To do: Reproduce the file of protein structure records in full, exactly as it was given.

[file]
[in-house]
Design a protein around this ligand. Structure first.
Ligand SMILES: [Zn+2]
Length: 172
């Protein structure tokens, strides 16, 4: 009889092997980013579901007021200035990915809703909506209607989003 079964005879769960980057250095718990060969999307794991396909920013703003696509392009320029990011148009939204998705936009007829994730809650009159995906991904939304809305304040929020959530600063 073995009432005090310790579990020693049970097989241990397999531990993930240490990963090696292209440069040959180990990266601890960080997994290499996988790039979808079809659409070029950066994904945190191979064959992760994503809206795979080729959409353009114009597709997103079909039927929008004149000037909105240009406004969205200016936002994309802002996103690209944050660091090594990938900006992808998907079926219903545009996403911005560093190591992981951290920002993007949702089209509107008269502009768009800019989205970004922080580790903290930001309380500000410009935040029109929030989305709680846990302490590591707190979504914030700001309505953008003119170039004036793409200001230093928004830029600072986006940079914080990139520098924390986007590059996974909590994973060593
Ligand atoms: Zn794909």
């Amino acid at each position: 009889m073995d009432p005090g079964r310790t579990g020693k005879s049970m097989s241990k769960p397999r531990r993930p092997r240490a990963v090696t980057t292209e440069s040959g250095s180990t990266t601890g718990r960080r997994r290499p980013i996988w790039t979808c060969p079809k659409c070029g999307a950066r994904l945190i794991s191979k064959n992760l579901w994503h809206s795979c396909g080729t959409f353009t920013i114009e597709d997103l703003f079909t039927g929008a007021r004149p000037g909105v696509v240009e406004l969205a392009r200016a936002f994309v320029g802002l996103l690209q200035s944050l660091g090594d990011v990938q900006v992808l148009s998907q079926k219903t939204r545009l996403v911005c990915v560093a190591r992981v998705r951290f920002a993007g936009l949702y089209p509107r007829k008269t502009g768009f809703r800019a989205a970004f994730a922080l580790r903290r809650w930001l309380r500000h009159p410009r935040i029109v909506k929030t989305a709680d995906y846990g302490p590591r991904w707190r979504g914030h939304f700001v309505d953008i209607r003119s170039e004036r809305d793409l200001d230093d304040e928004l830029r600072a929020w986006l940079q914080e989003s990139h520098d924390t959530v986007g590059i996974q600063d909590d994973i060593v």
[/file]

[in-house]
Design a protein around this ligand. Structure first.
Ligand SMILES: [Zn+2]
Length: 172
């Protein structure tokens, strides 16, 4: 009889092997980013579901007021200035990915809703909506209607989003 079964005879769960980057250095718990060969999307794991396909920013703003696509392009320029990011148009939204998705936009007829994730809650009159995906991904939304809305304040929020959530600063 073995009432005090310790579990020693049970097989241990397999531990993930240490990963090696292209440069040959180990990266601890960080997994290499996988790039979808079809659409070029950066994904945190191979064959992760994503809206795979080729959409353009114009597709997103079909039927929008004149000037909105240009406004969205200016936002994309802002996103690209944050660091090594990938900006992808998907079926219903545009996403911005560093190591992981951290920002993007949702089209509107008269502009768009800019989205970004922080580790903290930001309380500000410009935040029109929030989305709680846990302490590591707190979504914030700001309505953008003119170039004036793409200001230093928004830029600072986006940079914080990139520098924390986007590059996974909590994973060593
Ligand atoms: Zn794909």
């Amino acid at each position: 009889m073995d009432p005090g079964r310790t579990g020693k005879s049970m097989s241990k769960p397999r531990r993930p092997r240490a990963v090696t980057t292209e440069s040959g250095s180990t990266t601890g718990r960080r997994r290499p980013i996988w790039t979808c060969p079809k659409c070029g999307a950066r994904l945190i794991s191979k064959n992760l579901w994503h809206s795979c396909g080729t959409f353009t920013i114009e597709d997103l703003f079909t039927g929008a007021r004149p000037g909105v696509v240009e406004l969205a392009r200016a936002f994309v320029g802002l996103l690209q200035s944050l660091g090594d990011v990938q900006v992808l148009s998907q079926k219903t939204r545009l996403v911005c990915v560093a190591r992981v998705r951290f920002a993007g936009l949702y089209p509107r007829k008269t502009g768009f809703r800019a989205a970004f994730a922080l580790r903290r809650w930001l309380r500000h009159p410009r935040i029109v909506k929030t989305a709680d995906y846990g302490p590591r991904w707190r979504g914030h939304f700001v309505d953008i209607r003119s170039e004036r809305d793409l200001d230093d304040e928004l830029r600072a929020w986006l940079q914080e989003s990139h520098d924390t959530v986007g590059i996974q600063d909590d994973i060593v």